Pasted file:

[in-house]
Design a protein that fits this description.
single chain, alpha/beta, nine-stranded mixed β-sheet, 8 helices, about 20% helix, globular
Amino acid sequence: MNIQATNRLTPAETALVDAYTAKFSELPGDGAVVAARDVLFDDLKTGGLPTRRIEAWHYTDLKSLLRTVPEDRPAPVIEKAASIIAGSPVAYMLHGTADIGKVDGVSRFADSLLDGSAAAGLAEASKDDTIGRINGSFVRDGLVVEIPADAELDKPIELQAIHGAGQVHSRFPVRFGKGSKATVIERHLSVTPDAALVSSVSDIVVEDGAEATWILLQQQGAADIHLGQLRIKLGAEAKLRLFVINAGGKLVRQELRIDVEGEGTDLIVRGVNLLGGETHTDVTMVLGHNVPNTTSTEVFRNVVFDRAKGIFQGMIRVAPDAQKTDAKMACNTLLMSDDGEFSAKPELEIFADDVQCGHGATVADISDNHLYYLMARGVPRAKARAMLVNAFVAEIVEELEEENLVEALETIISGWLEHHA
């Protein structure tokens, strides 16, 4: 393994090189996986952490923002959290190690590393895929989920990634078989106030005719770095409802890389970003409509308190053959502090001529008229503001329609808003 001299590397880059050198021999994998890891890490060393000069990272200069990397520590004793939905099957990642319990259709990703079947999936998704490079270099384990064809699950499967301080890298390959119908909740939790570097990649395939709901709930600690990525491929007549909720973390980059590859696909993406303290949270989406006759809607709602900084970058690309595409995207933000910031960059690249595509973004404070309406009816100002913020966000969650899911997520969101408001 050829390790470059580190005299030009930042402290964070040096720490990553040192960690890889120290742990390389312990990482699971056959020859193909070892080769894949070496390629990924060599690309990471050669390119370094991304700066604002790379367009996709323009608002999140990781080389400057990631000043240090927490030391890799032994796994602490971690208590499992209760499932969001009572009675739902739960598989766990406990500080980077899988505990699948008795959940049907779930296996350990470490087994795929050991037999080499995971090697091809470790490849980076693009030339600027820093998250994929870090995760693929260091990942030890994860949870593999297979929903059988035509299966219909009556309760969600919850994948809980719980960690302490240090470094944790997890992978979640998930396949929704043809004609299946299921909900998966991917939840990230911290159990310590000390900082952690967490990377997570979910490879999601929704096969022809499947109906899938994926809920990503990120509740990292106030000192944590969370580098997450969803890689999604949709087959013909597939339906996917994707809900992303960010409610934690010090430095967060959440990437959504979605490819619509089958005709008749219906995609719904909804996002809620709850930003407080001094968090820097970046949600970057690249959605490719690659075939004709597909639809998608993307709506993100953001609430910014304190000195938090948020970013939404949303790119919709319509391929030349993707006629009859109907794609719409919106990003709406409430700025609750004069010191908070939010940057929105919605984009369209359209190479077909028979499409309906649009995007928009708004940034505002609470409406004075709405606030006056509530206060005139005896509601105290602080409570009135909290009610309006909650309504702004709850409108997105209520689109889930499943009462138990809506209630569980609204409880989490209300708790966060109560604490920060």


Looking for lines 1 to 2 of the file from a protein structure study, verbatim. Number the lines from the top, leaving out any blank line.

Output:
[in-house]
Design a protein that fits this description.